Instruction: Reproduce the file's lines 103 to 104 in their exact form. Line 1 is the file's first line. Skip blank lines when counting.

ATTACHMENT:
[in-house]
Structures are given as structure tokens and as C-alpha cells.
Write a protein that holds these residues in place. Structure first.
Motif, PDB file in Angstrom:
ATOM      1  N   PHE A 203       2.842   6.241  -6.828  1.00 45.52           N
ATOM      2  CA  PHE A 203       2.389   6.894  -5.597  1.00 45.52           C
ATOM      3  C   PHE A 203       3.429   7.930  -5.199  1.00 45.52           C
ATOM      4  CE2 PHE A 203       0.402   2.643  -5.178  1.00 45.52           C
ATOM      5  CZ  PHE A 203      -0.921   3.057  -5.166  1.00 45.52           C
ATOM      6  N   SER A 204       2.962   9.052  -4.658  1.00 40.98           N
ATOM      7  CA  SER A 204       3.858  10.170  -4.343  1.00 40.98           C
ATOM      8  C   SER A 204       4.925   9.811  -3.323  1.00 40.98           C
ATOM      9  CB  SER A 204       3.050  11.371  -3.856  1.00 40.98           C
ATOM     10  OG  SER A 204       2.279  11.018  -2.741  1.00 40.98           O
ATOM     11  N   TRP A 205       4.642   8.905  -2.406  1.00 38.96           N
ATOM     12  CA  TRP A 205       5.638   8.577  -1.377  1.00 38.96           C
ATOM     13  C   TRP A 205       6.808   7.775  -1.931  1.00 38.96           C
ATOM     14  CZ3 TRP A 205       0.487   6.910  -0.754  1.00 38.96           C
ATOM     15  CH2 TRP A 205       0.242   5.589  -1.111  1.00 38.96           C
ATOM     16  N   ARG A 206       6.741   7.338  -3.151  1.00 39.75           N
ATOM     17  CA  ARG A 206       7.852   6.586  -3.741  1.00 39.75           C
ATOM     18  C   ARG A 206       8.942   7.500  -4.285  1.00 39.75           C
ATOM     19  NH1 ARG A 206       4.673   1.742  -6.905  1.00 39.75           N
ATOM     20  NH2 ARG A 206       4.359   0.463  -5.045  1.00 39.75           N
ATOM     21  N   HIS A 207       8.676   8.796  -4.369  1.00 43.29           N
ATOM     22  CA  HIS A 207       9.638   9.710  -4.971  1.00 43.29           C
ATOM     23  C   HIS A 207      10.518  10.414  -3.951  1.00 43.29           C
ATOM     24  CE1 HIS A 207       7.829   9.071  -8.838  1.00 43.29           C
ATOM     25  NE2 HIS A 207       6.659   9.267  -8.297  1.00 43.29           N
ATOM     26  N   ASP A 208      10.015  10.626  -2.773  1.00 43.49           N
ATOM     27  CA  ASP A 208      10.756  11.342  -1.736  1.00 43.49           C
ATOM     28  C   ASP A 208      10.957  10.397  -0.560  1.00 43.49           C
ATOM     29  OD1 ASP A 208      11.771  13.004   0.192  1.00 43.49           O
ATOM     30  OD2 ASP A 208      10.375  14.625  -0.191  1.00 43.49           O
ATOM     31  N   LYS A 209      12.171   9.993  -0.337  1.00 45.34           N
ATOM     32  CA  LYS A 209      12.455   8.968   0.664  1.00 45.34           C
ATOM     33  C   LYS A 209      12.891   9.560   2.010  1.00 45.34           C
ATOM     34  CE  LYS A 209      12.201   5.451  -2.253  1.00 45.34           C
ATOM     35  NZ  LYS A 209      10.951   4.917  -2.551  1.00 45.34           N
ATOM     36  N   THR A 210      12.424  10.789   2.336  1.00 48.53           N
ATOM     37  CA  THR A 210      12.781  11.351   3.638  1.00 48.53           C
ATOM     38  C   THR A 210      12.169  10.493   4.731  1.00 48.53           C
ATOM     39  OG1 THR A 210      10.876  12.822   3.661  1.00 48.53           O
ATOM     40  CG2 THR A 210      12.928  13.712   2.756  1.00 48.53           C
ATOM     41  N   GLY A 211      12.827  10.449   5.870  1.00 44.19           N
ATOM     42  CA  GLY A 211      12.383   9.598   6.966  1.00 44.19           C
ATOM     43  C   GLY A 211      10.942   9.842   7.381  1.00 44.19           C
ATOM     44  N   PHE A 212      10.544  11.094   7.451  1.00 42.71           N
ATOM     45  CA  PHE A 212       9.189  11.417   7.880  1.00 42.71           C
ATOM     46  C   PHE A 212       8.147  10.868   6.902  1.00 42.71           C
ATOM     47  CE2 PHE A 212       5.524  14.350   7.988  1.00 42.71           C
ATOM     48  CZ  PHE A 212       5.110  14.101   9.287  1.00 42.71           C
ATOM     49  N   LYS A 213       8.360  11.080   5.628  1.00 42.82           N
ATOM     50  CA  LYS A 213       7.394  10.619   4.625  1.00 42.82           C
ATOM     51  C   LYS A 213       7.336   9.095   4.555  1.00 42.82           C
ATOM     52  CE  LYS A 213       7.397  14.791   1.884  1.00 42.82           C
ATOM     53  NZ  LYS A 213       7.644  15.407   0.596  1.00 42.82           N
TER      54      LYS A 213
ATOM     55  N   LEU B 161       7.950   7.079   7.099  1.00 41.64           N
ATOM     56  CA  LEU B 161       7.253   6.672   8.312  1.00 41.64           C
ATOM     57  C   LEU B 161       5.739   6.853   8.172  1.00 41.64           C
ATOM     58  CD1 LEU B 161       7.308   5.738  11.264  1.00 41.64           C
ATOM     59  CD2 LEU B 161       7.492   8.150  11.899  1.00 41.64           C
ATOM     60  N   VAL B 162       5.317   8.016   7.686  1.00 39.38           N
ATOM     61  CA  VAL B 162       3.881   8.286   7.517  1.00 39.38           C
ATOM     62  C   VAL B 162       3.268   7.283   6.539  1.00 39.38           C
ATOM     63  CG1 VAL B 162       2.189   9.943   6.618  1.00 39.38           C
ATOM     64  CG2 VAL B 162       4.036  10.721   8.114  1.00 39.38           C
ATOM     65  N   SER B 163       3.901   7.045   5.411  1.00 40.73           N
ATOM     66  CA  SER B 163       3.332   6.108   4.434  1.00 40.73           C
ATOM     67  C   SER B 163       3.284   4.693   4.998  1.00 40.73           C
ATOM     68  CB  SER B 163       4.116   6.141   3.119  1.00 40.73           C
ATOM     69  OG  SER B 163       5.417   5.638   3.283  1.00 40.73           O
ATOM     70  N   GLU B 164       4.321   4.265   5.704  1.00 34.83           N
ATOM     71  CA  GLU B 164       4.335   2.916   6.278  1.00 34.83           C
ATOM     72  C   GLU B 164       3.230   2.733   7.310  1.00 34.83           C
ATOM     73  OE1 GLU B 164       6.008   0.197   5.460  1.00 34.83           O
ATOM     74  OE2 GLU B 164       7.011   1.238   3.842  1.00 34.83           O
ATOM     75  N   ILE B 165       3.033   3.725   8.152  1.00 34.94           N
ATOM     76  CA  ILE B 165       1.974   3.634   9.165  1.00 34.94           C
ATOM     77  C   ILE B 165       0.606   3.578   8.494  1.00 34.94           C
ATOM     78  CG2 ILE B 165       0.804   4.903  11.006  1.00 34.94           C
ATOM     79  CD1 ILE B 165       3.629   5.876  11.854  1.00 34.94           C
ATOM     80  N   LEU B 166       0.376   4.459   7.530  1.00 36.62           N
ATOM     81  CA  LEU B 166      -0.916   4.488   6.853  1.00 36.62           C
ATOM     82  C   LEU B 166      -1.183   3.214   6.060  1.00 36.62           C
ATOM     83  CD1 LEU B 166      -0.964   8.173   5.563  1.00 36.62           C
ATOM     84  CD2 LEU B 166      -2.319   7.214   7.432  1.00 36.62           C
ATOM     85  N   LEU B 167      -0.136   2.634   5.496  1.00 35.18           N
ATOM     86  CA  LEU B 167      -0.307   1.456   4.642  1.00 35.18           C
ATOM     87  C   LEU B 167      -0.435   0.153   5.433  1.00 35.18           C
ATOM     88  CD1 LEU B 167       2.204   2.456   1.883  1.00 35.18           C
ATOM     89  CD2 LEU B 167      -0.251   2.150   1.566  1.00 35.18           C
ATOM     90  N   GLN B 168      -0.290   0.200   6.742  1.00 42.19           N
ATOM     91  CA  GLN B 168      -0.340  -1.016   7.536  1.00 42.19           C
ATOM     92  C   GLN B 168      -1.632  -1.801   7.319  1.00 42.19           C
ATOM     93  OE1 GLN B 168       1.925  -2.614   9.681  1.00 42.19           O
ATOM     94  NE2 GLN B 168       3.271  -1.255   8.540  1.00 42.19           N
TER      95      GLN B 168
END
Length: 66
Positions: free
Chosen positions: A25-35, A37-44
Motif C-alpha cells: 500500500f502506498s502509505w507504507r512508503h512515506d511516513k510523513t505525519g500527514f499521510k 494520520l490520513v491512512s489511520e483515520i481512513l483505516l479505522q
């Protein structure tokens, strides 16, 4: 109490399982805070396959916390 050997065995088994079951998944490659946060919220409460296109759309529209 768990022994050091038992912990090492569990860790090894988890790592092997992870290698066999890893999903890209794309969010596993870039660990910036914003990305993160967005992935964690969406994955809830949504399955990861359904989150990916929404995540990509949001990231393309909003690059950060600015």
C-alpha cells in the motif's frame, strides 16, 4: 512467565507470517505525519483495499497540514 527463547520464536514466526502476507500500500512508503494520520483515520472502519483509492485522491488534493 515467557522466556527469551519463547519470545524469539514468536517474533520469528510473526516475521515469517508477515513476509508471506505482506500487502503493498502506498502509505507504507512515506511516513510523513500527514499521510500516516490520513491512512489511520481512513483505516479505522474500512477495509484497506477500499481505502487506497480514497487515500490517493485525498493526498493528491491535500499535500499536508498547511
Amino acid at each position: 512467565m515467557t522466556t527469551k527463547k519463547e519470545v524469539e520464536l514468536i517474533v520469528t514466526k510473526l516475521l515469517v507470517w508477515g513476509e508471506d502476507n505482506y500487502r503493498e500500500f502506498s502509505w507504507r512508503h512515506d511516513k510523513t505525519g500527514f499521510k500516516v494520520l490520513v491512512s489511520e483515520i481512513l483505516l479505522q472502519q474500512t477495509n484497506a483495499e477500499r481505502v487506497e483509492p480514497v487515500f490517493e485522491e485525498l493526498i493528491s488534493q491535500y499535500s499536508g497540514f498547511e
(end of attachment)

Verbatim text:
Chosen positions: A25-35, A37-44
Motif C-alpha cells: 500500500f502506498s502509505w507504507r512508503h512515506d511516513k510523513t505525519g500527514f499521510k 494520520l490520513v491512512s489511520e483515520i481512513l483505516l479505522q